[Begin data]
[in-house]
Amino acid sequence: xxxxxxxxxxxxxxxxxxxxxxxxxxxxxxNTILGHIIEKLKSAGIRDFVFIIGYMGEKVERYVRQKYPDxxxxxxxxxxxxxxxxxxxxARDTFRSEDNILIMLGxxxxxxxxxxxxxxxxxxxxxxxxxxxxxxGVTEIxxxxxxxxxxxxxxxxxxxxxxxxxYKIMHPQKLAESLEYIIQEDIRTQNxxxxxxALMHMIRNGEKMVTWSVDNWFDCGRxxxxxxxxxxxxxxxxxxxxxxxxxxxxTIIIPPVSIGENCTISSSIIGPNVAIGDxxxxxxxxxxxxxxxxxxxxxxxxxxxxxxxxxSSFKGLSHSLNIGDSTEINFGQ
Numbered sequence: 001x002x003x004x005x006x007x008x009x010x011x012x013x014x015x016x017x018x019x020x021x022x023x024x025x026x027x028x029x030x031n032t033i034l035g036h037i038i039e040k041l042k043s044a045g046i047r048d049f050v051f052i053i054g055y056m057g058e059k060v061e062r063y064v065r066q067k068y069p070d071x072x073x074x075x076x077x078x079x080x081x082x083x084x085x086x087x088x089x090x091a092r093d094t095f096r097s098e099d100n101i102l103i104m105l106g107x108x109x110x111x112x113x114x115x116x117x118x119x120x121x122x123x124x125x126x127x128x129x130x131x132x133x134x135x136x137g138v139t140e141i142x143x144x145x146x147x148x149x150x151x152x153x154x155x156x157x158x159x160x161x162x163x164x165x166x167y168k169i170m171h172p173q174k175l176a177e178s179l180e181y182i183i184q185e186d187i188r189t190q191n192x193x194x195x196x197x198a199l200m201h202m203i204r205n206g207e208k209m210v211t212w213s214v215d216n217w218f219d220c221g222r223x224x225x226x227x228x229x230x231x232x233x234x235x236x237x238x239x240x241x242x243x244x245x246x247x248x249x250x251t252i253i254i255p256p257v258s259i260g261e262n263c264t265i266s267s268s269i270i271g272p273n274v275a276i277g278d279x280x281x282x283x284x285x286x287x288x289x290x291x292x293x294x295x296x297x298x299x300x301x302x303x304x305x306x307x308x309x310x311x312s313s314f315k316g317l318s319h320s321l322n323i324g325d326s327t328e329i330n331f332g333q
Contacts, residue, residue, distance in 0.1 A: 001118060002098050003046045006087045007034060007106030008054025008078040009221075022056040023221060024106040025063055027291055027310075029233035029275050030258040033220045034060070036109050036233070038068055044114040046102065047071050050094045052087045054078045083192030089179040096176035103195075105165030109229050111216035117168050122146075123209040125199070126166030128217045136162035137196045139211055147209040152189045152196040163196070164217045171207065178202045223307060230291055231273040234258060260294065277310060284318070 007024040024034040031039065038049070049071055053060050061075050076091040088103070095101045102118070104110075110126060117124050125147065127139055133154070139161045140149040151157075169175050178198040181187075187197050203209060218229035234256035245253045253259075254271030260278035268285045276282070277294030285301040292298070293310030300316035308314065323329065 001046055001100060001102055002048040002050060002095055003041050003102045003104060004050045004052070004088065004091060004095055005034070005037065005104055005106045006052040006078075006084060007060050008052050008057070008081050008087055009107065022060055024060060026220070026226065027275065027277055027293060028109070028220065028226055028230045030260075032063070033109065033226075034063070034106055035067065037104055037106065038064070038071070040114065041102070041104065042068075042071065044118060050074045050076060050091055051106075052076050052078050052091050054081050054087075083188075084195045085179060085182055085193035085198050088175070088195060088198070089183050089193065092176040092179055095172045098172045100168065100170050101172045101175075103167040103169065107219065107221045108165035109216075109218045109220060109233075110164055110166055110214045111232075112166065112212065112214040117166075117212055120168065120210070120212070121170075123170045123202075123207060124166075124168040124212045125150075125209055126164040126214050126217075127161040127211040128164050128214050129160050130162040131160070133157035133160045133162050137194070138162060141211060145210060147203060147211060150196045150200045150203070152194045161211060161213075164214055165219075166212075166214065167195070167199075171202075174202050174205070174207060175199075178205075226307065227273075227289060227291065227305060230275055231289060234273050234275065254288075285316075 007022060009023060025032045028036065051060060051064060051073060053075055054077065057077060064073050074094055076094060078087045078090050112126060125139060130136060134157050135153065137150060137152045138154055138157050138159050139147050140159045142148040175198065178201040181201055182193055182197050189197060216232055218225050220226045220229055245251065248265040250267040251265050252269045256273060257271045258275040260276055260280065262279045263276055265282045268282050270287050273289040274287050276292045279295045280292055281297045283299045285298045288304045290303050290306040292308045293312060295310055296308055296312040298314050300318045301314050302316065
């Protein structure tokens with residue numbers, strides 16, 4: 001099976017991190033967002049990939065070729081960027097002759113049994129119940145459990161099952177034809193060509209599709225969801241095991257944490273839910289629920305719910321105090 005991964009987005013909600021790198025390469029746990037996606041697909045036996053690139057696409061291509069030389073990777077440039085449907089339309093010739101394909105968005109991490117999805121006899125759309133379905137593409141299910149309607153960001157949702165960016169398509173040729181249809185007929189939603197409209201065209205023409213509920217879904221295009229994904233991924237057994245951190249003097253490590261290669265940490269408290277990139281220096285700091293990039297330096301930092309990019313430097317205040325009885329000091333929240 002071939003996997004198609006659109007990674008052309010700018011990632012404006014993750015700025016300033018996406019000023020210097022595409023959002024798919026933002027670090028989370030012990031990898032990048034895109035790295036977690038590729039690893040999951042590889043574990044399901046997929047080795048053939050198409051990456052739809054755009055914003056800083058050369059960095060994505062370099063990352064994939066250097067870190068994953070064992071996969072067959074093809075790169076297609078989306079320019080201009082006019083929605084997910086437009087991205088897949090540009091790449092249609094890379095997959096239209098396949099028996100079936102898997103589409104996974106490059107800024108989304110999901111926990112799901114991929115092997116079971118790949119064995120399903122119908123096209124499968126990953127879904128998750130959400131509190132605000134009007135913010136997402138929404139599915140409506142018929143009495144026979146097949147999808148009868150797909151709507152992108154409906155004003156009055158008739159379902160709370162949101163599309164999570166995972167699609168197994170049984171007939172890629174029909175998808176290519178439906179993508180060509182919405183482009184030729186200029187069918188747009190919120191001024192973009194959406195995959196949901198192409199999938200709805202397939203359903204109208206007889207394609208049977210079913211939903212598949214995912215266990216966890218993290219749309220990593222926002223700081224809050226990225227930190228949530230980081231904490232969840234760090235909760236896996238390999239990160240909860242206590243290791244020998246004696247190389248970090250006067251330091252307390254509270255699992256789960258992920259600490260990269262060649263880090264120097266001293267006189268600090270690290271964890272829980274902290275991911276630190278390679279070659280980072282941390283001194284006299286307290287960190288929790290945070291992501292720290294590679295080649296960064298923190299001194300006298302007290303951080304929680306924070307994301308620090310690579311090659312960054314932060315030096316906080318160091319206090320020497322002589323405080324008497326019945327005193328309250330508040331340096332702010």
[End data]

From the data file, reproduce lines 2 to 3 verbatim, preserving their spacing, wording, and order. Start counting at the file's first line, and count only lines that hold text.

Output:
Amino acid sequence: xxxxxxxxxxxxxxxxxxxxxxxxxxxxxxNTILGHIIEKLKSAGIRDFVFIIGYMGEKVERYVRQKYPDxxxxxxxxxxxxxxxxxxxxARDTFRSEDNILIMLGxxxxxxxxxxxxxxxxxxxxxxxxxxxxxxGVTEIxxxxxxxxxxxxxxxxxxxxxxxxxYKIMHPQKLAESLEYIIQEDIRTQNxxxxxxALMHMIRNGEKMVTWSVDNWFDCGRxxxxxxxxxxxxxxxxxxxxxxxxxxxxTIIIPPVSIGENCTISSSIIGPNVAIGDxxxxxxxxxxxxxxxxxxxxxxxxxxxxxxxxxSSFKGLSHSLNIGDSTEINFGQ
Numbered sequence: 001x002x003x004x005x006x007x008x009x010x011x012x013x014x015x016x017x018x019x020x021x022x023x024x025x026x027x028x029x030x031n032t033i034l035g036h037i038i039e040k041l042k043s044a045g046i047r048d049f050v051f052i053i054g055y056m057g058e059k060v061e062r063y064v065r066q067k068y069p070d071x072x073x074x075x076x077x078x079x080x081x082x083x084x085x086x087x088x089x090x091a092r093d094t095f096r097s098e099d100n101i102l103i104m105l106g107x108x109x110x111x112x113x114x115x116x117x118x119x120x121x122x123x124x125x126x127x128x129x130x131x132x133x134x135x136x137g138v139t140e141i142x143x144x145x146x147x148x149x150x151x152x153x154x155x156x157x158x159x160x161x162x163x164x165x166x167y168k169i170m171h172p173q174k175l176a177e178s179l180e181y182i183i184q185e186d187i188r189t190q191n192x193x194x195x196x197x198a199l200m201h202m203i204r205n206g207e208k209m210v211t212w213s214v215d216n217w218f219d220c221g222r223x224x225x226x227x228x229x230x231x232x233x234x235x236x237x238x239x240x241x242x243x244x245x246x247x248x249x250x251t252i253i254i255p256p257v258s259i260g261e262n263c264t265i266s267s268s269i270i271g272p273n274v275a276i277g278d279x280x281x282x283x284x285x286x287x288x289x290x291x292x293x294x295x296x297x298x299x300x301x302x303x304x305x306x307x308x309x310x311x312s313s314f315k316g317l318s319h320s321l322n323i324g325d326s327t328e329i330n331f332g333q